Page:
The explanation of the high recombination rate in social insects might be related to an explanation of differences in genomic recombination rates within the genus Apis . However, our study has to remain inconclusive with respect to the explanation of differences within the genus Apis because we only included 2 species in our study and many relevant, biological parameters have not been compared between the 2. For example, we lack good studies of population genetic structure and pathogen pressure. It could be argued that the open-nesting A. florea is more exposed to parasites and pathogens and environmental fluctuations ( Seeley et al. 1982 ), which may both select for higher genetic diversity within colonies, and thus higher recombination rate. However, temperate races of A. mellifera constantly reuse their comb over many generations and display sophisticated hygienic behavior ( Rothenbuhler 1964 ), which could be interpreted as evidence for higher pathogen pressure in this species. More quantitative research in these regards is clearly needed.

Apis florea displayed higher recombination rates than A. mellifera in 11 of 19 intervals tested. The possibly higher genomic recombination rate in A. florea may compensate for its lower effective mating frequency ( Tarpy et al. 2004 ) to realize colony genetic diversity when high mating costs select against multiple mating ( Hayworth et al. 2009 ). The invariably high recombination rate in both species could also suggest nonadaptive explanations, such as unknown structural features of the Apis genomes or phylogenetic inertia. In any case, our additional results obtained in A. florea eliminate explanations for high recombination rate that are specific for A. mellifera , such as domestication or rapid population expansion into temperate climates ( Whitfield et al. 2006 ; Zayed and Whitfield 2008 ).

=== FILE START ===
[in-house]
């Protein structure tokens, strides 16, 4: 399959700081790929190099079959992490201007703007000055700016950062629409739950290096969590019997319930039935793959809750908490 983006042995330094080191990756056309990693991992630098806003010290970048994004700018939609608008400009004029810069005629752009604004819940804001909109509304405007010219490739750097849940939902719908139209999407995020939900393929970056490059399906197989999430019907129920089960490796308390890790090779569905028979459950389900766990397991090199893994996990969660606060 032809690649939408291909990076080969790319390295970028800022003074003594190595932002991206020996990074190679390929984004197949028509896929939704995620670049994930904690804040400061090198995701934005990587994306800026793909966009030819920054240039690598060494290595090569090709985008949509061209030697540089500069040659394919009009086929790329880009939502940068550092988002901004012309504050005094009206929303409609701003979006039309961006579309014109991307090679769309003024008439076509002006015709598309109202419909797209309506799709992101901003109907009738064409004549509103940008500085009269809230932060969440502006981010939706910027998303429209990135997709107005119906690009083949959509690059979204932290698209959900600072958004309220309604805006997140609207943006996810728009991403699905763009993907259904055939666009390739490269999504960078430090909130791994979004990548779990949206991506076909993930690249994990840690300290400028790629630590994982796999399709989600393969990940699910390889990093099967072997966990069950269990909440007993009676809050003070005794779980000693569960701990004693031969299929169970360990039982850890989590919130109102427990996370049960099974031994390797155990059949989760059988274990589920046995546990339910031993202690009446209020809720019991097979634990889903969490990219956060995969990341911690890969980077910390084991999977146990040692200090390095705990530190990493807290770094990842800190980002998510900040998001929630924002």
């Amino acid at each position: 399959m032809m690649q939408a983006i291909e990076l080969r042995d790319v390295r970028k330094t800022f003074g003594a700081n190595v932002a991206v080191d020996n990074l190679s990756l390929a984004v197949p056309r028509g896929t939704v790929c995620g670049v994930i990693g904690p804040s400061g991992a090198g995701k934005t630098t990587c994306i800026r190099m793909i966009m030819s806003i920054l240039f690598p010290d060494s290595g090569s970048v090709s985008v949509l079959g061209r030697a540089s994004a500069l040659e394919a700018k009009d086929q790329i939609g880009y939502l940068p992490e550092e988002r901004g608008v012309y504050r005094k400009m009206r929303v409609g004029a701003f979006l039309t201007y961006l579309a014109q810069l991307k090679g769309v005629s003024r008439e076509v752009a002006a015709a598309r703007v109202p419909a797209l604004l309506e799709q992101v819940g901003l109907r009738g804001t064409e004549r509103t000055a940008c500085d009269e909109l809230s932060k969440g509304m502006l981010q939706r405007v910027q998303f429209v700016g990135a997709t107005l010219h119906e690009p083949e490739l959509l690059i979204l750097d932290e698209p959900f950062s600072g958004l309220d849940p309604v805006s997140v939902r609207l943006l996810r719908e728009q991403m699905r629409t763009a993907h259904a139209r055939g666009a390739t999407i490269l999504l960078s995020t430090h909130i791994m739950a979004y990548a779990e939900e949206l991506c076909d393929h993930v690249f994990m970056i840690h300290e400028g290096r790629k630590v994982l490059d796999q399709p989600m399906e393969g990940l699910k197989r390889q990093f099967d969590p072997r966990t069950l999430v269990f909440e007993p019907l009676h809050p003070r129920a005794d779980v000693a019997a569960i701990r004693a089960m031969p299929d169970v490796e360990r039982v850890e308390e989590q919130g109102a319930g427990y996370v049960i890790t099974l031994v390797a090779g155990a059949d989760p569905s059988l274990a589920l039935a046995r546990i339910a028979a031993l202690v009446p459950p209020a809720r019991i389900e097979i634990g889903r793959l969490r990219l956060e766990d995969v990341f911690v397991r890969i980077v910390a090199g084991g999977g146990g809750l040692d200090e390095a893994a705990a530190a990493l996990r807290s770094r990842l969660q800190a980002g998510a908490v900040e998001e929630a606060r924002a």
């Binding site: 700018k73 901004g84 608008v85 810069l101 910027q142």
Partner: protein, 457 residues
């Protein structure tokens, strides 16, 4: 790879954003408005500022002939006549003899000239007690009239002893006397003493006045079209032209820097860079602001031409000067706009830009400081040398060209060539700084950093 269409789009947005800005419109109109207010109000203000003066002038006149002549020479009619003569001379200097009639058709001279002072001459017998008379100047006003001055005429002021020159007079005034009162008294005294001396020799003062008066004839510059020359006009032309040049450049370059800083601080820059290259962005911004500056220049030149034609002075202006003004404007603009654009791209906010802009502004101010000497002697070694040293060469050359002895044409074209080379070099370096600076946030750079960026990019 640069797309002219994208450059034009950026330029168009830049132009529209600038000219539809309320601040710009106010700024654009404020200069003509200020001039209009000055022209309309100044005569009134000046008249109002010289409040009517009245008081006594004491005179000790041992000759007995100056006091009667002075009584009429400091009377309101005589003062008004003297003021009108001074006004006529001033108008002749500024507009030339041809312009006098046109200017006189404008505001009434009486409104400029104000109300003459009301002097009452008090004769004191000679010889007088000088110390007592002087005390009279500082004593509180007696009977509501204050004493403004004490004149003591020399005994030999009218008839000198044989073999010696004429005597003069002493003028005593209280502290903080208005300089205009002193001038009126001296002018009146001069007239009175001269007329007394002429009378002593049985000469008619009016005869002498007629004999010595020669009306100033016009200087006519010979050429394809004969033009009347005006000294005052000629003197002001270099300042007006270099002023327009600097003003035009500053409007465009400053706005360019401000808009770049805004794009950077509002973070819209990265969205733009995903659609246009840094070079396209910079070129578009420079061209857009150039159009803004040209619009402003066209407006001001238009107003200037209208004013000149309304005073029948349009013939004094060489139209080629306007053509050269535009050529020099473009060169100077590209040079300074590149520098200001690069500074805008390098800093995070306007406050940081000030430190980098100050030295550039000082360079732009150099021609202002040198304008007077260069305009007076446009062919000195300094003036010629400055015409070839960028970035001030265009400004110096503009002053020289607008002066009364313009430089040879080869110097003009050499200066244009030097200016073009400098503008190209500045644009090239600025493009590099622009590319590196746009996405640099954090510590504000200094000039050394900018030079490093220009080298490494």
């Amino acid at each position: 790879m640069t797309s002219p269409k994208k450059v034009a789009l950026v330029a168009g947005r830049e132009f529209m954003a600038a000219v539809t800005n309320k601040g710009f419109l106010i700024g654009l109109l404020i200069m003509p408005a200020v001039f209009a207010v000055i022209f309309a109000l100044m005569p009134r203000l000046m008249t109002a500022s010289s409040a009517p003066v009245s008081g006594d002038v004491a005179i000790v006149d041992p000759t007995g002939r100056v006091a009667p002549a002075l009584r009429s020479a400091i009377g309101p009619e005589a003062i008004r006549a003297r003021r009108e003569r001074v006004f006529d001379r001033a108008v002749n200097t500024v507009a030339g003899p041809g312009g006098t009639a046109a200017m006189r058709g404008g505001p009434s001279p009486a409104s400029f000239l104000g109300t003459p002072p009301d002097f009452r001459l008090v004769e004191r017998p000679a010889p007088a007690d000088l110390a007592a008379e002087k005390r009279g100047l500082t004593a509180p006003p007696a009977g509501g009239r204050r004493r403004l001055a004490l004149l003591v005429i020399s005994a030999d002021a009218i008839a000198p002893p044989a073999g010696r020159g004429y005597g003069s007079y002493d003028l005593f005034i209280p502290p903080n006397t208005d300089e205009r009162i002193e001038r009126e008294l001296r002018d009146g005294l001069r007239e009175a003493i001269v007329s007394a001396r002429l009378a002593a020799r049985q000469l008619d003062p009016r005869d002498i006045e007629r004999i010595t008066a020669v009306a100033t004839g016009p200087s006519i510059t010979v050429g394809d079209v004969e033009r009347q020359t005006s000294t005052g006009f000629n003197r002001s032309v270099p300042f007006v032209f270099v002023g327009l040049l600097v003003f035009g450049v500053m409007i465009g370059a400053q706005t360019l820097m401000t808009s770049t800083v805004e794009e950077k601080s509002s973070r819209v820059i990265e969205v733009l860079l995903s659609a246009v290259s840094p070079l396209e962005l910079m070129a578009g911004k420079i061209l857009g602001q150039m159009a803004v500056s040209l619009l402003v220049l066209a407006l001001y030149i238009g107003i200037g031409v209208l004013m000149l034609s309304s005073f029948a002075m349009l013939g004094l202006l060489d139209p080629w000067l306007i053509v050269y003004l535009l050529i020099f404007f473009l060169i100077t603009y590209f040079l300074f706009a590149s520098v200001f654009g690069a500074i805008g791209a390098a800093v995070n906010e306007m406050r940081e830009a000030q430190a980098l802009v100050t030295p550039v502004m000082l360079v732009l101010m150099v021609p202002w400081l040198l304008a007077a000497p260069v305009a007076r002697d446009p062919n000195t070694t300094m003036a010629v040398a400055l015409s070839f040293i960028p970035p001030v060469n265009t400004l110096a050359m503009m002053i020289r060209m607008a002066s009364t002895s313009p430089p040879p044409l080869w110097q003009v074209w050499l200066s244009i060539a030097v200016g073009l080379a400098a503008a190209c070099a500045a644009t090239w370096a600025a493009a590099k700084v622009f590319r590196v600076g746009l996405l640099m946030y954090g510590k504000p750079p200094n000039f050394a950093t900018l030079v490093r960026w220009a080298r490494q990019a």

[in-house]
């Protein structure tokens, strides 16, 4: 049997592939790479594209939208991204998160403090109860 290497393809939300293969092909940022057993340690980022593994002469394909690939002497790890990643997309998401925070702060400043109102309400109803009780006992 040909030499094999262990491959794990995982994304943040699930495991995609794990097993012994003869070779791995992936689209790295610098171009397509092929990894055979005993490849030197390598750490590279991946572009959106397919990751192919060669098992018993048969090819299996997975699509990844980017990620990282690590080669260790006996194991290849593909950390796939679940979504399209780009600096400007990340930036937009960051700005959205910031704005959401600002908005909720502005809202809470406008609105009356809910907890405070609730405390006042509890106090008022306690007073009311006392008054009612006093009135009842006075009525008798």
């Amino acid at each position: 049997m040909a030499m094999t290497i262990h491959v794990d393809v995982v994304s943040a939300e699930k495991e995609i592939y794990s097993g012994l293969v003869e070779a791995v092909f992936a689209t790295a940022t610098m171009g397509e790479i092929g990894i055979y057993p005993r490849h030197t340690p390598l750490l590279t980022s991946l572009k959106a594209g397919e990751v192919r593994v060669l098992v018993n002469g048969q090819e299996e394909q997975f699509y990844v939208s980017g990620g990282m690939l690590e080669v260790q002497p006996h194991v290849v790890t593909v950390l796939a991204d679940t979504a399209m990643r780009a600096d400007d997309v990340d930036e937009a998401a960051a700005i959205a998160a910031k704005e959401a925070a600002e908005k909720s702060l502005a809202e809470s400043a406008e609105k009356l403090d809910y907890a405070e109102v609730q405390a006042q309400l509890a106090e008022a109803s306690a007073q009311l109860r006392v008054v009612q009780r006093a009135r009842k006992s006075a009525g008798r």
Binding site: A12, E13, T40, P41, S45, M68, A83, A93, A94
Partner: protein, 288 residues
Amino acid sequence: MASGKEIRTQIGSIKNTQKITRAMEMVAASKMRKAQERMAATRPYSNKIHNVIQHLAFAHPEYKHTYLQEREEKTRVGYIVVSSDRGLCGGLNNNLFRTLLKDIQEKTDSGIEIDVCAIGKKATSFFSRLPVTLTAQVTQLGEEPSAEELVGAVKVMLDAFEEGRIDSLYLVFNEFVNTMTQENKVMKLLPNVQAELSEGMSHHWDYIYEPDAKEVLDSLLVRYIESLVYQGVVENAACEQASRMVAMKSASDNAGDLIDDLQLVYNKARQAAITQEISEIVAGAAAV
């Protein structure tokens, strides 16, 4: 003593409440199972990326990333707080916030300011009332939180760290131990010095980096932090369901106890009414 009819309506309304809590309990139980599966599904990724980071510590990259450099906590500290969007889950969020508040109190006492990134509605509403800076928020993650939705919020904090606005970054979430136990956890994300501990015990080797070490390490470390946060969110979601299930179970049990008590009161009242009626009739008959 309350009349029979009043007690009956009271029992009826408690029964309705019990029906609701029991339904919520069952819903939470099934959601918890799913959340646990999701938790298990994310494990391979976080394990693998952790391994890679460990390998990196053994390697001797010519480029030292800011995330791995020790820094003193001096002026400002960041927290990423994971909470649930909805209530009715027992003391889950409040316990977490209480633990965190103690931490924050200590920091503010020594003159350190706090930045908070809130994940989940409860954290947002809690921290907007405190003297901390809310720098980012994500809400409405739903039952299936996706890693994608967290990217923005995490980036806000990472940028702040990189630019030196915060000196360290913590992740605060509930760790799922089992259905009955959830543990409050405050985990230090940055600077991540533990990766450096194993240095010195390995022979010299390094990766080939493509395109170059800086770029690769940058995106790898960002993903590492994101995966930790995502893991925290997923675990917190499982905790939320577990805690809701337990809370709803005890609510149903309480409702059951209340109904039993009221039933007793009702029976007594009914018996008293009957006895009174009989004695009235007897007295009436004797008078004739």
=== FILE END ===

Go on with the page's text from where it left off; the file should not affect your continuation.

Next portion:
The only single interval that exhibited a significantly higher recombination rate in A. florea than in A. mellifera was located in one of the hotspots detected. It contained several genes but we were unable to identify a putative reason for its extreme recombination rate. Our spatial resolution did not reveal the predicted recombinational hotspot surrounding the sex determination locus near marker SLE on chromosome 3 ( Beye et al. 1999 ). Chromosome 3 has a higher overall recombination rate than chromosome 12. However, both chromosomes showed a similar heterogeneity in recombination rate and recombination was slightly reduced near the center of both chromosomes, although they are presumably acrocentric ( HBGSC 2006 ). It is possible that the recombination rate of chromosome 3 is an overestimate due to gaps in the physical sequence assembly, while chromosome 12 was manually assembled to completion ( Robertson et al. 2007 ).

In conclusion, our results from a limited portion of the genome indicate that A. florea , the red dwarf honeybee, exhibits a genomic recombination rate that is at least as high as the previous metazoan record of A. mellifera . The genomes of the 2 honeybee species seem to be similar overall, which should facilitate the imminent genome project of A. florea . We suggest that high recombination is a genus-wide phenomenon in the honeybee genus Apis , but the proximate and ultimate reasons for this remain to be resolved.

Funding

University of North Carolina at Greensboro; the National Science Foundation (grant 0615502 to O.R.).

We would like to thank Robert E. Page Jr for initiating this collaboration. Malcolm Schug and David Remington provided valuable advice at various stages of the project, and we would like to acknowledge all members of the University of North Carolina, Greensboro, Social Insect Lab for practical help and fruitful discussions throughout the project. For her hospitality and support in Thailand, we thank Dr Mananya Phaincharoen of King Mongkut's University of Technology, Thonburi, Bangkok. The comments of 3 anonymous reviewers significantly improved the quality of the manuscript, and we would also like to thank John Logsdon and Maurine Neiman for making this special issue possible.

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Author notes

Corresponding Editor: John Logsdon